Pain and healing

In reflecting on the consolidation of schools announced last week and the factors that led to this painful but necessary step, I realized that this decision is not unlike surgery. Both are painful but necessary for the body (this local Church and its historic school system) to heal. And, like the healing period that ensues, there will be additional pain before the body can begin to restore itself and to strengthen.

Since the consolidations were announced, some people of very good will are seeking revisions or alternatives to the plan, which was exhaustively and painstakingly researched over the past year. We – I – must go forward. The future of a historic tradition of Catholic education is at stake and indecision or a lack of will to implement the plan would consign its fate to that of prior well-intentioned efforts.

The Church, similar to many other organizations, has been impacted by the economic downturn. In short, we have fewer resources to fulfill our mission. Therefore, we are examining every aspect of our Archdiocesan operations – from Central Services to Schools – to see how we can operate more efficiently and invest our resources in a way that allows us to continue our mission long into the future.

Sadly, this process involves difficult decisions. For our schools, it means finding a way to eliminate many of the vacant seats, of which there are 10,000, or one third of our schools’ total seating capacity – so that our system can operate more efficiently and we can invest our resources to better serve our students. Fortunately, such available capacity means we have room enough in a nearby Catholic school for every child currently enrolled in a consolidating school.

Much has been written about the consolidations and it is likely difficult for most of our people – especially those who have been inundated with facts and figures, as well as their own emotional attachment to some of these schools – to recognize the detailed process and the relevant factors that led to this decision. Therefore, I offer a few responses to some of the most frequent questions or comments put forth in recent days.

The decision to consolidate schools was made without input from stakeholders.

The Archdiocese conducted a top-to-bottom, highly transparent evaluation of all of our schools, gathering input from parents, teachers, priests and parishioners. This included a six-month public comment period, 10 listening sessions and eight focus groups throughout the Archdiocese. In all, we heard from some 1,500 people.

The Archdiocese is turning its back on the poor of Baltimore City.

It is precisely because of our commitment to serving the poor that we have taken this painful step. By restructuring our schools, we will improve the quality of the educational experience for the children we will continue serving in Baltimore City and beyond. If funds and enrollment are sufficient, we have committed to building the first Catholic school in Baltimore City in 50 years and to a complete renovation of Ss. James and John School in East Baltimore. Further, we plan to create four community schools in Baltimore where educational and other services are provided, not just to students but also their families.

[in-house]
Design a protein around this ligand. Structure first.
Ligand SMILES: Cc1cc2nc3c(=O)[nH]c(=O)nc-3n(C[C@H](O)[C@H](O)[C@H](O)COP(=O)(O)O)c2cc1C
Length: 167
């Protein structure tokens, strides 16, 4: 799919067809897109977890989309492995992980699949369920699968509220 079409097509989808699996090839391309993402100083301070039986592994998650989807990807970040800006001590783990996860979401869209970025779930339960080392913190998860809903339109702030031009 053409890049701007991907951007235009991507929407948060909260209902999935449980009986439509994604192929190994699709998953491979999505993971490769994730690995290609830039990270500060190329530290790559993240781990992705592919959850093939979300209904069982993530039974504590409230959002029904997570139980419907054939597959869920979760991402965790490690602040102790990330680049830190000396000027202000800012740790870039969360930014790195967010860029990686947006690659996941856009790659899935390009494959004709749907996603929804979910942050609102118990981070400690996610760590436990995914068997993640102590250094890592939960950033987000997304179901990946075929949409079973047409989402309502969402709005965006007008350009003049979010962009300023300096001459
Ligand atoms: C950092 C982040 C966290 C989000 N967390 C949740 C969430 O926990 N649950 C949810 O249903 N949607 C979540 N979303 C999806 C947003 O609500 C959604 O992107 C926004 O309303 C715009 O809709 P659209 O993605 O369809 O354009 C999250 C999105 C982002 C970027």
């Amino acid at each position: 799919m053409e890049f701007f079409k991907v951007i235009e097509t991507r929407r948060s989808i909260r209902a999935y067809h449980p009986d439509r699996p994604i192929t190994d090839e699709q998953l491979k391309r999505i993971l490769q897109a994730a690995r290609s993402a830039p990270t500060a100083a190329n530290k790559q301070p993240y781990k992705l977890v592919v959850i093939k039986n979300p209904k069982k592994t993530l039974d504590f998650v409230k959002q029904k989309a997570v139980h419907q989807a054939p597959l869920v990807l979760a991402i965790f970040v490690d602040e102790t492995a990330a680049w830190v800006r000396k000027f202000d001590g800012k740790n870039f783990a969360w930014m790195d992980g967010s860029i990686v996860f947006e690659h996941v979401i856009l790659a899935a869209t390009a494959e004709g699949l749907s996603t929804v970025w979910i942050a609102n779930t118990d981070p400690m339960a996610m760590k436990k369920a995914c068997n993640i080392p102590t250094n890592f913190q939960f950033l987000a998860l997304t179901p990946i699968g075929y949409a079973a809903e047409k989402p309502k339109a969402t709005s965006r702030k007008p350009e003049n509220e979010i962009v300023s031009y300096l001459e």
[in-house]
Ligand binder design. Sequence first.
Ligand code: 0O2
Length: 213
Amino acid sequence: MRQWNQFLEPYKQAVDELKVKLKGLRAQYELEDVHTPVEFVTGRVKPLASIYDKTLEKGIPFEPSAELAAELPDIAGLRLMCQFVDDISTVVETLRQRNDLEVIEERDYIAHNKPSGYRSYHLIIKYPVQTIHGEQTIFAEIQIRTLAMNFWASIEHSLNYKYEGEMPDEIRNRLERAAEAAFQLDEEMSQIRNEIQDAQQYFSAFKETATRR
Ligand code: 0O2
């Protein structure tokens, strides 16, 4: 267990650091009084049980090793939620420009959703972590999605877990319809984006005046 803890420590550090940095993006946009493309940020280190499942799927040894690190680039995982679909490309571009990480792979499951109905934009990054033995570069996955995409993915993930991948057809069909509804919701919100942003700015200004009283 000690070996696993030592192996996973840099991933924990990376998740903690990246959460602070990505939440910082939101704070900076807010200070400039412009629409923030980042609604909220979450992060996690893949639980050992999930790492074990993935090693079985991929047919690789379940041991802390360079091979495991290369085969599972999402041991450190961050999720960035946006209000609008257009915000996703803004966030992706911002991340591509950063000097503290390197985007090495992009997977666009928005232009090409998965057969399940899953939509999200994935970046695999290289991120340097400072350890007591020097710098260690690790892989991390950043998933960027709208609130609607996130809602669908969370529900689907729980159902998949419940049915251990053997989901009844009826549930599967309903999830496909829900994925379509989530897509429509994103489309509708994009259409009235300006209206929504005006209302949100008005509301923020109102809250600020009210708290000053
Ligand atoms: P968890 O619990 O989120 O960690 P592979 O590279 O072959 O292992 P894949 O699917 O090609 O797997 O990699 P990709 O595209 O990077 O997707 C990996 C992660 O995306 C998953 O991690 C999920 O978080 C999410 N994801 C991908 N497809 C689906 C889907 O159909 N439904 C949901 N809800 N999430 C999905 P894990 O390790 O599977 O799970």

The Archdiocese’s priorities are out of line.

The Archdiocese has five mission priorities: Evangelization, Liturgy, Education, Service and Stewardship. We do not choose one or the other, but are committed to fulfilling each, always mindful of our obligations to be responsible stewards of the gifts entrusted to us.

How has the Archdiocese tried to help save schools from consolidating?

The Archdiocese created the Partners in Excellence scholarship program which has distributed more than 21,000 scholarships worth more than $21 mil¬lion. Separately, the Archdiocese provides millions of dollars each year for tuition assistance, as well as direct financial support for both families and schools. Over the two most recent years, the Archdiocese has directed more than $10 million in such support to Catholic schools.

The receiving schools are too far or too expensive.

The closest Catholic school to a consolidating elementary school is fewer than three miles away and the average tuition for receiving elementary schools is $132 cheaper than consolidating schools. For The Cardinal Gibbons School, the Archdiocese has identified 400 available seats in area Catholic schools – more than enough to accommodate every student – and will work with each family to determine financial and transportation needs before identifying solutions to these important obstacles.

The overall goal of this effort and the strategic plan being developed by our Blue Ribbon Committee on Catholic Schools is to make Catholic education more affordable and more accessible. For us to do that, our schools must remain competitive to attract families with many educational options, we must invest our limited resources in quality teachers and facilities to drive accountability and quality, and everyone who believes in Catholic education must play a role in financially supporting this core mission of our Church, which is a community asset.

The easy decision would have been to do nothing, thereby allowing the trend of Catholic school closings that has painfully and steadily occurred these last several years to continue. We chose the tougher decision and hope that everyone, including those too pained to do so now, will understand that it is in the long-term best interests of our Church, our education and social justice missions and those we serve.

Catholic Review

Catholic Review

The Catholic Review is the official publication of the Archdiocese of Baltimore.